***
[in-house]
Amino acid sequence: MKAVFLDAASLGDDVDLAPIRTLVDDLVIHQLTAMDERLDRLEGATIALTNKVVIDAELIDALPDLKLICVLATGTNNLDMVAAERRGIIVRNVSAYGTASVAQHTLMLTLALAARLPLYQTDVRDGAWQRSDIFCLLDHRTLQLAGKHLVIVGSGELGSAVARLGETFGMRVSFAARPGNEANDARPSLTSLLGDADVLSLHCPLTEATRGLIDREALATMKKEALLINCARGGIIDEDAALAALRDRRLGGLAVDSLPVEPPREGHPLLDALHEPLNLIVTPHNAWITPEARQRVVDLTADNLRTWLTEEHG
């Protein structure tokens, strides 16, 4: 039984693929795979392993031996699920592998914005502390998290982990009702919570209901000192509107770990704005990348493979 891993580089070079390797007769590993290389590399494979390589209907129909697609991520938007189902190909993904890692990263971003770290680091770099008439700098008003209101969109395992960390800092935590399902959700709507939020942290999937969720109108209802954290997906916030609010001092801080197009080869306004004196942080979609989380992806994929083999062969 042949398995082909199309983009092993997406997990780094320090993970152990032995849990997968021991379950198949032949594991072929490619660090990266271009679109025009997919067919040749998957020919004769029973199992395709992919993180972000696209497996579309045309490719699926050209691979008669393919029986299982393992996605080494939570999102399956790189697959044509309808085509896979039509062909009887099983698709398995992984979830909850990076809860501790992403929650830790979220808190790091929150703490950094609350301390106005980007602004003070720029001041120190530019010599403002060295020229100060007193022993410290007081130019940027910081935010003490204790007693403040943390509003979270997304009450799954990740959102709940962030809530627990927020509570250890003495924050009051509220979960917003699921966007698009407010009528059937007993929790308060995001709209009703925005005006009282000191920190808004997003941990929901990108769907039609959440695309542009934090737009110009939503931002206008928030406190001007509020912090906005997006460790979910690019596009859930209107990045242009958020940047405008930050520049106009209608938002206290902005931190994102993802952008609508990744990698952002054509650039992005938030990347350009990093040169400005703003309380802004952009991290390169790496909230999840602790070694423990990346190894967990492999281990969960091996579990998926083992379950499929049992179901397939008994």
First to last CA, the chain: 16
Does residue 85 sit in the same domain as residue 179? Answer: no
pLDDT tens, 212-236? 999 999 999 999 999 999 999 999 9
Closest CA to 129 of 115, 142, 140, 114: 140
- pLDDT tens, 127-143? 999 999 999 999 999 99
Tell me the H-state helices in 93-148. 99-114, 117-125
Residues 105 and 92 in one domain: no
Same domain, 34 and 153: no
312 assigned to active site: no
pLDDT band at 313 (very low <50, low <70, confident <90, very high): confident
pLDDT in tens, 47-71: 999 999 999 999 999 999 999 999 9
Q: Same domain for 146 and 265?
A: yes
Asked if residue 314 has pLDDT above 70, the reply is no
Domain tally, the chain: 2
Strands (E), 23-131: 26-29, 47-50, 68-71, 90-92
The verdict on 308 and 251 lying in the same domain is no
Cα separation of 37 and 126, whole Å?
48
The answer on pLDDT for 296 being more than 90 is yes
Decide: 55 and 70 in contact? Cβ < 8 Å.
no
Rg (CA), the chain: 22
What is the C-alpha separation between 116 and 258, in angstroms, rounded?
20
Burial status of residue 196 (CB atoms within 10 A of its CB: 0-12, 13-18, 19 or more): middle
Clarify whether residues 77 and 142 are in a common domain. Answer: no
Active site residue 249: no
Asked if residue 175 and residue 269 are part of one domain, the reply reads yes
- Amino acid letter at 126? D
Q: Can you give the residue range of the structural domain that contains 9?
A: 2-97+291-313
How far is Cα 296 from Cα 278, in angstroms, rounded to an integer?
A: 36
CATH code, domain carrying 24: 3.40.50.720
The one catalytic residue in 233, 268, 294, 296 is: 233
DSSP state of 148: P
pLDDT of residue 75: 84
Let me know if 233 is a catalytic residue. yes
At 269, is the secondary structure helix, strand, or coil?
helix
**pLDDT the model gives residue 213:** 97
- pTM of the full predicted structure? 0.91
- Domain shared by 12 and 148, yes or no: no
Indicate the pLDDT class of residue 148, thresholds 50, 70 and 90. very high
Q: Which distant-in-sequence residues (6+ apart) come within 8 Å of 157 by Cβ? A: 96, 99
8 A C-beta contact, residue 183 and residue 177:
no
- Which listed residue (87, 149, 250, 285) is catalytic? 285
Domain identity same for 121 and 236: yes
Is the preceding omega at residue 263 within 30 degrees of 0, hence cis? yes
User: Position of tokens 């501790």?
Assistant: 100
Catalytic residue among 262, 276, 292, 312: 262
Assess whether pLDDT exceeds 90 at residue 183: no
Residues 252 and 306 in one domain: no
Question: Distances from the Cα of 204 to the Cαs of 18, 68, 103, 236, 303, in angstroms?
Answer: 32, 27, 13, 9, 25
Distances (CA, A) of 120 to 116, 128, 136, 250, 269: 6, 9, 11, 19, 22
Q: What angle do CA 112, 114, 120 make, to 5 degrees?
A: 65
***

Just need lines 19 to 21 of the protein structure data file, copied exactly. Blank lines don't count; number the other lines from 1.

Strands (E), 23-131: 26-29, 47-50, 68-71, 90-92
The verdict on 308 and 251 lying in the same domain is no
Cα separation of 37 and 126, whole Å?